CW-MR-3-Shtayburne farm3456by Sally Colby
Lorin Hosteter’s family has been dairying for years — as far back as anyone in his family can remember. Although Lorin wanted to continue in the dairy business, he decided to take a different approach.
“In 2009, I was working on the dairy and had to decide what to do,” said Lorin. “I really liked working with my dad here, but at that point, milk prices were bad and the farm couldn’t support two families. My family has been interested in making and selling a product from the farm for quite a while, and producing cheese was a way we could add value to our product and support more people on the farm.”
The name of the Rock Stream, NY farm is unique. “Our family speaks Pennsylvania Dutch, and ‘Shtay’ is Pennsylvania Dutch for rock,” Lorin explained. “At the time I was trying to come up with a farm name, I was reading a book and learned that stream is called a ‘burne’. We put the two together and that’s how we came up with the name Shtayburne Farm.”
Lorin discussed the idea of developing an on-farm creamery with his parents Mark and Mary Ellen, then started to research and visit cheese makers. One cheese maker offered to teach Lorin how to make cheese, so Lorin worked with him for several weeks to learn the process. After mastering the basics of cheese making, Lorin and his wife Alicia established an on-farm creamery that uses the milk produced by the cows on the family dairy farm.
For the first few months, Lorin and Alicia made cheese curd and cheddar, then added Monterey Jack. “We didn’t have the selection of flavors that we have now,” said Lorin. “We’ve expanded our selection over the years.”
The creamery uses about 4,000 pounds of milk each week for cheese production.
Mark’s responsibility is herd management, including maintaining well-developed cows suited for high-quality milk production. The 65-head herd, which includes mostly registered Holsteins along with some registered Brown Swiss, are housed in a modern tie-stall barn built in 2004.
The creamery, which was built in 2010, is where Lorin spends most of his time. He says cheese making is mostly a matter of learning by doing along with reading and attending seminars. “I did a lot of reading and got the basics down,” he said. “It takes practice. It’s really helpful to find someone to work alongside and ask questions.”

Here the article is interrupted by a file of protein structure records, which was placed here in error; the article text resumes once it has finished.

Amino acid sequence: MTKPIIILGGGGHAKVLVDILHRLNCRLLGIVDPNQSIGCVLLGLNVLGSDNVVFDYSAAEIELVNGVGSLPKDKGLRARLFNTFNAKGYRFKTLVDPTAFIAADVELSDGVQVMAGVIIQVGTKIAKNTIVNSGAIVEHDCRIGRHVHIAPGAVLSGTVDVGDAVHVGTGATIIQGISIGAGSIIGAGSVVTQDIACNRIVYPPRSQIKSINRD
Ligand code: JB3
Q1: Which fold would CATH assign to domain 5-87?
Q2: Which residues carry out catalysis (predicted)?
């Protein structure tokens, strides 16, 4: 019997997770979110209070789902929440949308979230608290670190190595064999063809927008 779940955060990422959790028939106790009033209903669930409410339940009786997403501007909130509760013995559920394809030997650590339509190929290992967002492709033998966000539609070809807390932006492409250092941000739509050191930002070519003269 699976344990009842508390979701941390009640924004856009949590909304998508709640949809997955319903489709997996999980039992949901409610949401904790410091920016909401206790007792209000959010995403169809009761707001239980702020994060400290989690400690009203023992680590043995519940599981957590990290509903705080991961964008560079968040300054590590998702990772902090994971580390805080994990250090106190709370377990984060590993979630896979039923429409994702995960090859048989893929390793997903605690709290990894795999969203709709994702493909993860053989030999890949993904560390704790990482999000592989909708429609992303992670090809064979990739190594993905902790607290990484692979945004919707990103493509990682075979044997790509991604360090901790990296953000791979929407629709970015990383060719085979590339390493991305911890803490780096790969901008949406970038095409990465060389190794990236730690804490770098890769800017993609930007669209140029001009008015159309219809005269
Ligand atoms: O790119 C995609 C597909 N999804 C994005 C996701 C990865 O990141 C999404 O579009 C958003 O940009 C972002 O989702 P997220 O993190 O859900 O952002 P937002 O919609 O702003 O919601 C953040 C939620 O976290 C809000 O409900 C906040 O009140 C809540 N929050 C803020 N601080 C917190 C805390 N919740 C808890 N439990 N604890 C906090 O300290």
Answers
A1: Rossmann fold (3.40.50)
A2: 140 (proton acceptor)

As Lorin worked with his mentor and planned his creamery, he learned where to obtain equipment and how to work with regulatory agencies. “My mentor started making cheese in 1984, so he gave me a lot of pointers,” said Lorin.” I laid out my processing facility pretty close to what he did. People can get scared by the state’s Department of Agriculture and Markets, but I’ve found that they’re really nice to work with if you’re willing to work with them.” Lorin says the department visits the farm monthly to take cheese samples, and conduct a general inspection every three months.
In addition to learning on his own, Lorin is currently taking a Cornell University certificate program on cheese making. “We start off with the basics and work toward their advanced cheese making course,” he said. “I started last year and hope to finish it up this year. I also went to the American Cheese Society Conference for the first time last year, and hope to make that a yearly trip.”
Lorin finds that the most challenging part of making cheese is marketing, so having a distributer and cheese trail is helpful. “I prefer to make cheese,” said Lorin. “It’s nice for me that my parents run the dairy and I can concentrate on making cheese. For someone who wants to get into it, I’d suggest that they have someone in charge of the cows and someone else to run the creamery.”
So that he can concentrate on his strong points, Lorin sells cheese through a distributer. A lot of the cheese goes to Finger Lakes wineries, while the rest is sold at small grocery stores, farm markets and a cheese shop in Rochester. “We sell a lot of cheese curds to restaurants and food trucks,” said Lorin. “One of the food trucks sells poutine, so they go through a lot of cheese curds.” Lorin says Shtayburne Farm’s distributor was instrumental in establishing the Finger Lakes Cheese Trail. “He stopped in at the farm even before we had the creamery up and running,” said Lorin. “He was ready to pick up our product soon after we started.”
Today, Shtayburne Farm offers a variety of flavored cheese curds, including buffalo wing, tomato basil, roasted garlic, butter garlic, and cracked pepper and mushroom. Cheddar styles include mild and sharp cheddars, jalapeno jack, horseradish cheddar, chili pepper cheddar, blueberry jack, Italian herb jack, peppercorn jack and smoked bacon cheddar. The family also sells maple syrup produced on the farm and a selection of gift baskets.
In 2011, Lorin was looking for an open house idea to help promote the farm. He approached the Finger Lakes Cheese Trail and asked if they’d be interested in visiting Shtayburne Farm for a day. “It’s almost impossible to visit all of the farms on the cheese trail on one day,” said Lorin. “My idea was to bring everyone to one location. That way, people could come to one farm and not have to travel. The cheese trail promoted it, and it has become the Finger Lakes Cheese Festival. The first year it was at Shtayburne Farm. We’ve had good success with the festival — it’s the last weekend in July.”
For more information about Shtayburne Farm, visit their website at .